Mental errors should be “small in number,” seizures should be healthy, and the tide should “cope in space,” Golding said.
“You can’t give these guys plays like that,” Golding told Bucky. “They’re going to do enough contested plays because they have a lot of really good players.”
For all the manual distortions for these performances, Alabama’s defense over the past two months has been good. Tide has allowed 17 points or less, under 300 yards to go and less than five yards per game in seven of their last eight games. In the college football semifinals against Notre Dame, Alabama conceded just 14 points and 4.7 yards per game, though it wasn’t as good as Golding would have liked in a third drop (8 of 16).
The team’s attributes added experience to the game for improvement.
“We’ve learned from experience what we need to do,” said Patrick Surtein II. “We improved every week, flying to the ball, making adjustments and learning from past games where we fought.”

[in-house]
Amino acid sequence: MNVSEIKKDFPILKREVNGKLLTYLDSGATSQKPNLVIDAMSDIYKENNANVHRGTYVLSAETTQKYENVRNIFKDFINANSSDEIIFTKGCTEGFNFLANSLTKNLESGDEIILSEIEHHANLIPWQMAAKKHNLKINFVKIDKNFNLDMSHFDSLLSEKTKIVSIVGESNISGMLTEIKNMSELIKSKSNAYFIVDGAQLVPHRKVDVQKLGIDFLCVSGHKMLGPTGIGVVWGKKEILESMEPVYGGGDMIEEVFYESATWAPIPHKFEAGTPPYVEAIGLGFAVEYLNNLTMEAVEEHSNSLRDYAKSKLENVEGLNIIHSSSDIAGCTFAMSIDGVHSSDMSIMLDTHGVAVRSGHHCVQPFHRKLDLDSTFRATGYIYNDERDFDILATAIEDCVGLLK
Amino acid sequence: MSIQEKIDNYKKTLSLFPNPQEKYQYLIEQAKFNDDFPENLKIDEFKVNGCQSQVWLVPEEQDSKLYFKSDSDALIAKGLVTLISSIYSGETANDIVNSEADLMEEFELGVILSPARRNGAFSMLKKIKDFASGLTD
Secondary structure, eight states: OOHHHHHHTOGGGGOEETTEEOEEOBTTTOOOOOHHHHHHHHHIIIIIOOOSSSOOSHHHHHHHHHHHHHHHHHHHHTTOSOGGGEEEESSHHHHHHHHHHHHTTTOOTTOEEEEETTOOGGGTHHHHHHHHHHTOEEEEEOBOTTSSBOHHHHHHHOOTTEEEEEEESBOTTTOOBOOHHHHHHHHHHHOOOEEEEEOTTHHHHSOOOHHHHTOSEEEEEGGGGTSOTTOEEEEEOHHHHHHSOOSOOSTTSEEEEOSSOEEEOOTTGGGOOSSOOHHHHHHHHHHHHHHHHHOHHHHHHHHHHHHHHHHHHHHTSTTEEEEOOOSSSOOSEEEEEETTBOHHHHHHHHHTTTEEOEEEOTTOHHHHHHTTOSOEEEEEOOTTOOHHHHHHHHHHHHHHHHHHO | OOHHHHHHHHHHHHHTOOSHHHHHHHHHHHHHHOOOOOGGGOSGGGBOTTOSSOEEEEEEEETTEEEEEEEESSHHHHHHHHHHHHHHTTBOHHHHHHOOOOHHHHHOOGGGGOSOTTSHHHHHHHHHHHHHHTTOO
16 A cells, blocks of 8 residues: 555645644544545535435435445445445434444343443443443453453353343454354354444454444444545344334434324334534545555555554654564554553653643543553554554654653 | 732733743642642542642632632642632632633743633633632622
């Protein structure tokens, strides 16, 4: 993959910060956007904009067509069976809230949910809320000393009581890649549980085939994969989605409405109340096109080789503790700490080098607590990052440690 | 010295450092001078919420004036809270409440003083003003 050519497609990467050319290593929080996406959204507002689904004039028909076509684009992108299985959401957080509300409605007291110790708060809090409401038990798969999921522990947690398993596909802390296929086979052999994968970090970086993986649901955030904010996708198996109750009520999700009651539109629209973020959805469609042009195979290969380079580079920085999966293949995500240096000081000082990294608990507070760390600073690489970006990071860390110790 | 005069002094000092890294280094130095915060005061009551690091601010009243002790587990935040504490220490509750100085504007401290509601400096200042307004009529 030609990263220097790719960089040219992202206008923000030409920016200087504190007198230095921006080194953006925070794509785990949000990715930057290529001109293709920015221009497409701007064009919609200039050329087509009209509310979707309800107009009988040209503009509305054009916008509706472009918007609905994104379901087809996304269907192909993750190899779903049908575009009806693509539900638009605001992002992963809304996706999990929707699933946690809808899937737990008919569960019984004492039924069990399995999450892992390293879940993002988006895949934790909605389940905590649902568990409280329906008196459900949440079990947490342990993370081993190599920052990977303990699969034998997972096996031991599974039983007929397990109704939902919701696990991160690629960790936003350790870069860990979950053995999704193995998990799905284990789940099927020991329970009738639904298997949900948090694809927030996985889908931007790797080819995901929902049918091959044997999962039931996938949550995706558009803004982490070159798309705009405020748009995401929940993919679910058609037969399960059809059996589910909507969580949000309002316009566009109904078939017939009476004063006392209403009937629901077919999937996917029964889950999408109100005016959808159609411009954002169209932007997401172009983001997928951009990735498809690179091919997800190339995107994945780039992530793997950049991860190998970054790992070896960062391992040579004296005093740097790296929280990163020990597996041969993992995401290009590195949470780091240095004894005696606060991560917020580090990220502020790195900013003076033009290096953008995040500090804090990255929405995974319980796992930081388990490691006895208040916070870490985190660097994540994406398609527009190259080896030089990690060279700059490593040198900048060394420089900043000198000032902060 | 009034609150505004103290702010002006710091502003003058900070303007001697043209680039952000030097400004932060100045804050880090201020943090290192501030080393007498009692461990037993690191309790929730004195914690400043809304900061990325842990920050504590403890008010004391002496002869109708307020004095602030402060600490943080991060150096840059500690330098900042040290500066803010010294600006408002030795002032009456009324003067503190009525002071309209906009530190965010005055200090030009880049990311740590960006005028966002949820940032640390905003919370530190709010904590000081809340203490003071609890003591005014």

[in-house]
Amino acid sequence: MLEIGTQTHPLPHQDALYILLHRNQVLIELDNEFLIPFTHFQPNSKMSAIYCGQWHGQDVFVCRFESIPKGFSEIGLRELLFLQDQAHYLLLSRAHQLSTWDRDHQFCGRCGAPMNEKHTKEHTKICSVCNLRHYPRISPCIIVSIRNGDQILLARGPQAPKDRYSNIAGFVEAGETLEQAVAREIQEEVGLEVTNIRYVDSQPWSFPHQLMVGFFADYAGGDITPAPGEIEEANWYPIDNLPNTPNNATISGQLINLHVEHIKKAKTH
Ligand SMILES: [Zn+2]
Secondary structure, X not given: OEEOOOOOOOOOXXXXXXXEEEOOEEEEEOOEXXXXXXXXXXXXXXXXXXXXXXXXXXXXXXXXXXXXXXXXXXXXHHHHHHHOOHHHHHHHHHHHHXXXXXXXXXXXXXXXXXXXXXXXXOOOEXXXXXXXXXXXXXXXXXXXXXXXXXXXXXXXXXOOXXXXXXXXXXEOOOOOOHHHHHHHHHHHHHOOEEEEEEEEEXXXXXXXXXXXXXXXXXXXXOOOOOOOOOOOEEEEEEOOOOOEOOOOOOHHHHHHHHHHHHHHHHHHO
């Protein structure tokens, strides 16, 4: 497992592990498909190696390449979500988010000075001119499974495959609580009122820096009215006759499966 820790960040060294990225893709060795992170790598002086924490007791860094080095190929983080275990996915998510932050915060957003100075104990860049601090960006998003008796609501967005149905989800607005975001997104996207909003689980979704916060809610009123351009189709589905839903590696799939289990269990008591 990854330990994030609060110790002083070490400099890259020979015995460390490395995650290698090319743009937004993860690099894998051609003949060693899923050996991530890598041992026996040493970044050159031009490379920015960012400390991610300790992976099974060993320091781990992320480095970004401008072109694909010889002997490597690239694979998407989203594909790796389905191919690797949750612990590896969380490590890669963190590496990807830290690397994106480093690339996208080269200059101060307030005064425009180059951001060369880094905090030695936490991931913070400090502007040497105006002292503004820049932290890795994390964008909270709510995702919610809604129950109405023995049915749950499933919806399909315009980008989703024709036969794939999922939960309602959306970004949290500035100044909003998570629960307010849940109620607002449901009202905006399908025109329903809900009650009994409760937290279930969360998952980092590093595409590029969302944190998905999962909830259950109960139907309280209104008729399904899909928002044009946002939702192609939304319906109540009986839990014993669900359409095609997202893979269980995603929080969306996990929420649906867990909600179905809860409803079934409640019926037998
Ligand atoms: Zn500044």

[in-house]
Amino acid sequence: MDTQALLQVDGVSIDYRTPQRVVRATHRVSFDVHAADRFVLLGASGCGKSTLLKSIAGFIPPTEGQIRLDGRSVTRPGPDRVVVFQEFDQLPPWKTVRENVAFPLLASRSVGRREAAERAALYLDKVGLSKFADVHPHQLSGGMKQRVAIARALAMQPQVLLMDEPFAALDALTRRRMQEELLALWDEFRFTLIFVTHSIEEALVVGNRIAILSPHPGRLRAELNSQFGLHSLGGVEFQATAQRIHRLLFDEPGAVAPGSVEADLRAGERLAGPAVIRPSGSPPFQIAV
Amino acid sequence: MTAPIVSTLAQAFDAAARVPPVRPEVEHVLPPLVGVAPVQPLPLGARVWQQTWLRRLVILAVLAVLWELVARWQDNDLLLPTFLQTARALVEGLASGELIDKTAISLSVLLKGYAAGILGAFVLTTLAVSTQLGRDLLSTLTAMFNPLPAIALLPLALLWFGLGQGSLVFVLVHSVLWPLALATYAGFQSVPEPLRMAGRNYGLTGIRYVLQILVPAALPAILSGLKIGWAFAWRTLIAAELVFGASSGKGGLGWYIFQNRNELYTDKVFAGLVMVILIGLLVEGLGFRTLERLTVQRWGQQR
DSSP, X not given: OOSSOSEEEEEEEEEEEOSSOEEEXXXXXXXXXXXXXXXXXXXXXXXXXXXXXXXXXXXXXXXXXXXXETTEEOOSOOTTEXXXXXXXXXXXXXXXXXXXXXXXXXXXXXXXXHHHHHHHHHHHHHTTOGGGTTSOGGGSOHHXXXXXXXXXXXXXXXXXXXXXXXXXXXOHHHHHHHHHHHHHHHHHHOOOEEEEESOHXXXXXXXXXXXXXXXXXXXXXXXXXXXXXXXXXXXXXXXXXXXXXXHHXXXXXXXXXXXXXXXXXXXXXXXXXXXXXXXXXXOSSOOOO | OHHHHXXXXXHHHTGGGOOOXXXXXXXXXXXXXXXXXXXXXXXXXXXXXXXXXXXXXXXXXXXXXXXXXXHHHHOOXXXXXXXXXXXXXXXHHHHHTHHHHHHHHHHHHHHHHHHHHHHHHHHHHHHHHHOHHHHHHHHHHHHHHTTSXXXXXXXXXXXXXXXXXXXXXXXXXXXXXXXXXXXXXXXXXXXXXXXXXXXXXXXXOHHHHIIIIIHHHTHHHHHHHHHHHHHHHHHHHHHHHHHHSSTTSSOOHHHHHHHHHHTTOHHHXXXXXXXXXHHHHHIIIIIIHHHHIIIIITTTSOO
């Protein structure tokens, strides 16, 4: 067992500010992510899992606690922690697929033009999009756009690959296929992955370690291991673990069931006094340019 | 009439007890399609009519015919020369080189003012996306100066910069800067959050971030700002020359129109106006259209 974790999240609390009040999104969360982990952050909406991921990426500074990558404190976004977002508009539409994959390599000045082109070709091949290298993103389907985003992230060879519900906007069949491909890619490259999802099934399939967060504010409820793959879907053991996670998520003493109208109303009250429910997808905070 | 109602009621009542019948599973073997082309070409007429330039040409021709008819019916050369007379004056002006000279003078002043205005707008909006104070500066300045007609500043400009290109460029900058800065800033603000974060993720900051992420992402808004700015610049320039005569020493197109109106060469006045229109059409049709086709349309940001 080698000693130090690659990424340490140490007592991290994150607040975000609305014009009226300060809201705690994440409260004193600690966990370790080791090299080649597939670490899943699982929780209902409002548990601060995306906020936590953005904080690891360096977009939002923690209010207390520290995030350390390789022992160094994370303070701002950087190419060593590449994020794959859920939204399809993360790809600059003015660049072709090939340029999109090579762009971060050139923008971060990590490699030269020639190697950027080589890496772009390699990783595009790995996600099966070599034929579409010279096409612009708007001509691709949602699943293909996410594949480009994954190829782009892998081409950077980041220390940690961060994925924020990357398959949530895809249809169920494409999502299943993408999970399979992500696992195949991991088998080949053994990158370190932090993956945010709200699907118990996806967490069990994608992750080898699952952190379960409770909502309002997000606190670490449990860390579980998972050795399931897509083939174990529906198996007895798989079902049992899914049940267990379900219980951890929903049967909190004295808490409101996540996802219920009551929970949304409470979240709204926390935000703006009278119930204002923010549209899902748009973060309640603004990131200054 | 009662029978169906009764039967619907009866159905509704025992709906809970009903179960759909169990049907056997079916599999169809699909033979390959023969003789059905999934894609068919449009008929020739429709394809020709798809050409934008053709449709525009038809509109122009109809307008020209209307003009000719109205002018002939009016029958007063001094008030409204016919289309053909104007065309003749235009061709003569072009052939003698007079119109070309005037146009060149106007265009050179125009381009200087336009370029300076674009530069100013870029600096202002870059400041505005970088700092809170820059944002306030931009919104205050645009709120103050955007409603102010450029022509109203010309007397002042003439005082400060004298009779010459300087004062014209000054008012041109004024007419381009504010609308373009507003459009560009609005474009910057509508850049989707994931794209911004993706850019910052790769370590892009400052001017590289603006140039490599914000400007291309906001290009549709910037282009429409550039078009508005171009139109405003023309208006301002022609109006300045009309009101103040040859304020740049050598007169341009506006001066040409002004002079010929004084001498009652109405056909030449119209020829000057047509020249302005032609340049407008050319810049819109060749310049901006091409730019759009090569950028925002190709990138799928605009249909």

Ohio Offensive Coordinator Kevin Wilson agreed.
“Ole Miss’s game was early and … I think Alabama improved because they managed to play [more games]”, he said.” They are a great defense with talent, length. They will make it incredibly challenging. “
Ohio will be the most difficult challenge in Alabama to date.
The Buckies are Alabama’s highest-scoring team (43.4 points per game) and have raced for more than 200 yards in each of their seven games this season, tied for the longest active FBS streak.
Recently, Sermon has driven the running game, averaging 212 yards and 9.1 yards of wear in Buckeyes’ last three races.
Fields, a true quarterback with a double threat – the guy who has given problems defending Saban in the past – is among the best in the country. And Olavey and Wilson provide him with an uber-talented duet for admission. Olave has five touchdowns in throws of 25 or more air yards this season, tied for the most in Power 5. Surtain said Olave’s speed is a challenge: “He creates a separation quickly at the top of his routes … is very patient and smooth with his movement along the route. “
Due to Bucky’s firepower, Golding believes the revs will be key.